Prius Rage- Your stories

Discussion in 'Gen 2 Prius Main Forum' started by zaxinc, Jun 28, 2008.

  1. abq sfr

    abq sfr New Member

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    In the past few years, my other 2 vehicles have been attacked twice, Prius I've owned for 15 months none. Last time it happened my boys were driving the Nissan truck, some guy road raged them, they were both stuck in traffic, the other guy got out and flung a big rock at the truck and put a big dent in it, and was shouting obscenities. They said he looked like the stereotypical State Pen type of guy, small, shaved head, tatoos all over. Next day on the TV news there was a picture of him... he did the same thing to two other cars but those times he pulled an Uzi out of his car and pointed it at the occupants, didn't fire though. The cops caught and arrested him. Twelve hours later he was out on bail.... this is New Mexico! I'm purchasing a Beretta PX4 Subcompact handgun and keeping it in the hidden storage bin :rip:
     
  2. bac

    bac Active Member

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    You couldn't be more wrong both on a legal and moral level. Please research the law regarding cycling. It's shocking to still hear that type of ignorance. :confused:

    ... Brad
     
  3. Scummer

    Scummer Eh?

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    Yep.. It's a sad state of a "civilized?" world, when you are trying to ride your bike on the road, saving gas on your commute or just for exercise, just to get buzzed less than a foot distance, obscenities yelled at you and stuff thrown at you. I ride about 3000-4000 miles on my bicycle a year and it doesn't even bother me anymore.
    I'm just dreading the big one when I'm actually going to be run over by some dumbass driver. Happened almost yesterday on my ride home from work. Said dumbass on the side street pulls out and nearly mows me down. I got lucky.

    Thomas
     
  4. PaulHS

    PaulHS Member

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    It would appear that the moral burden is primarily on the cyclist. For some reason, the cyclist thinks he gets a "bye" for many of the rules of the road. They are just as liable for hand signals, heeding traffic signals, not impeding traffic flow, obeying speed limits and riding with traffic, all of which I have seen violated many times. This behavior makes them a hazard.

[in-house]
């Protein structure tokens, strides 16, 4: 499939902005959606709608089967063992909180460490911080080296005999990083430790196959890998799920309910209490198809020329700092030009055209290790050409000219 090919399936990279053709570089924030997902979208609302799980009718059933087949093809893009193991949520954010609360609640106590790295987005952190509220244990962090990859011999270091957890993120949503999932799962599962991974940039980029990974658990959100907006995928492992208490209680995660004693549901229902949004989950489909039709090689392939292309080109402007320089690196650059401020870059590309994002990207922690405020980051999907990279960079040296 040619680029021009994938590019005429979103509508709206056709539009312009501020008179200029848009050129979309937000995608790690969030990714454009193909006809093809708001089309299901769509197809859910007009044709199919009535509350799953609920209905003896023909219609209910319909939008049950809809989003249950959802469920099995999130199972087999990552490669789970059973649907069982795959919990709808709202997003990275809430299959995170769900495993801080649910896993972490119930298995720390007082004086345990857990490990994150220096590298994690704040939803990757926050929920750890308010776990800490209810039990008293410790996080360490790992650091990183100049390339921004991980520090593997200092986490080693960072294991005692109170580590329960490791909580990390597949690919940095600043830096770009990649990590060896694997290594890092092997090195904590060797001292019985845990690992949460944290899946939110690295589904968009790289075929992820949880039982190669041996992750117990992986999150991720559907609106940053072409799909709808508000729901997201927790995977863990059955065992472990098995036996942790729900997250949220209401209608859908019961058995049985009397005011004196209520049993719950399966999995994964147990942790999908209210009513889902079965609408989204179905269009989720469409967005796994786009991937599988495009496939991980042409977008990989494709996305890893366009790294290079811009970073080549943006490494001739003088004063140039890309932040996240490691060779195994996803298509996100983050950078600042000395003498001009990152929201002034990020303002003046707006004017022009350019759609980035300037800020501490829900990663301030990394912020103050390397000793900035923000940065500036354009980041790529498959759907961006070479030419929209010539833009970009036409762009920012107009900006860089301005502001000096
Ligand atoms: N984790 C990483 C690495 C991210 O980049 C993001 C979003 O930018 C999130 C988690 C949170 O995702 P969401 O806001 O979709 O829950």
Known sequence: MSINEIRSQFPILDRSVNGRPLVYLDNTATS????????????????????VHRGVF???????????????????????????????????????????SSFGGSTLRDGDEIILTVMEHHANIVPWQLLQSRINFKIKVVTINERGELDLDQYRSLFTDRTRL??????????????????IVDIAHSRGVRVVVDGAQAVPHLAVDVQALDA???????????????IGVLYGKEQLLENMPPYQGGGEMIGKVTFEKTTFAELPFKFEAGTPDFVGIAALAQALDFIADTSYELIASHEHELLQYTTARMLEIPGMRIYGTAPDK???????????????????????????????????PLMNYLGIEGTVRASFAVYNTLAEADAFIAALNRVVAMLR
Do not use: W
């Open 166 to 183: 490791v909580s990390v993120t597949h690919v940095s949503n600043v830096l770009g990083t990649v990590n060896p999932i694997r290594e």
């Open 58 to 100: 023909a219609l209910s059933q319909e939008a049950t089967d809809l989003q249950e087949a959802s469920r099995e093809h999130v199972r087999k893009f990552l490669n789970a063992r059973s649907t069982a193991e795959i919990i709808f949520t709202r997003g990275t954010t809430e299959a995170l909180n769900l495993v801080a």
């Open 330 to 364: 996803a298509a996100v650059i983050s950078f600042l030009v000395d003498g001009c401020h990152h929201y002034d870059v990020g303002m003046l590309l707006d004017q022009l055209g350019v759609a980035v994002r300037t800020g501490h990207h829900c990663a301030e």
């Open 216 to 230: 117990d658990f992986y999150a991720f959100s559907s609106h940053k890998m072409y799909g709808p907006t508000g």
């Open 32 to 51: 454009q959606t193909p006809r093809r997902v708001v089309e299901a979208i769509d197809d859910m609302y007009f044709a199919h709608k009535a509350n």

There's plenty of blame to go around, of course. I have seen car drivers risk a head-on collision by swinging into the oncoming lane to avoid a cyclist.

    But by the same token, I've seen cyclists riding on roads that are so heavily travelled and so narrow that they are risking their lives by their poor choice of route. Do they leave their brains at home?

    Paul
     
  5. Scummer

    Scummer Eh?

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    Show me one driver out of the millions in the US respecting the law. Rolling stops, blowing red lights, illegal cell phone usage, lane change without signalling, tailgating, intoxicated while driving, swerving in and out of traffic, not looking over shoulder while lane changing, violating right away on a left turn, violating right away of crossing pedestrians, violating right away on stop signs, going straight from a turn only lane, riding on shoulder, riding on exit ramp to rejoin traffic 5 cars ahead, sleeping behind the wheel.
    Do I need to mention more?
    Glass house, stone, kettle, pot?

    As a driver of a 3000lb weapon you have the greater responsibility of noticing your surroundings and be more prepared to face the unexpected and act on it in a responsible manner.

    But since driver education is non-present here in the US it's not surprising that drivers, motorcyclists and cyclists in general have not the slightest clue on how to behave properly in traffic.

    Thomas
     
  6. PaulHS

    PaulHS Member

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    Thomas,

    Your argument appears to be simply that if drivers of cars chronically violate the law, then it's alright for cyclists to do so. That's hardly an overwhelming argument if you are trying to take the moral high ground. You are right that the driver of a car should be aware of his surroundings, however, that does not relieve the cyclist from his responsibility to do the same, especially when the cyclist is at a distinct disadvantage if he has a close encounter with a car.

    BTW, a "weapon" is designed specifically to kill or maim, either aggressively or in self defense. I know of no cars designed for that purpose.

    Paul
     
  7. penbed

    penbed New Member

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    Not sure if this qualifies as rage.
    Today as I was about to get in my Pri two guys were walking by,
    one of them looks at my car and said;
    "Who do you think you are,George Jettson?"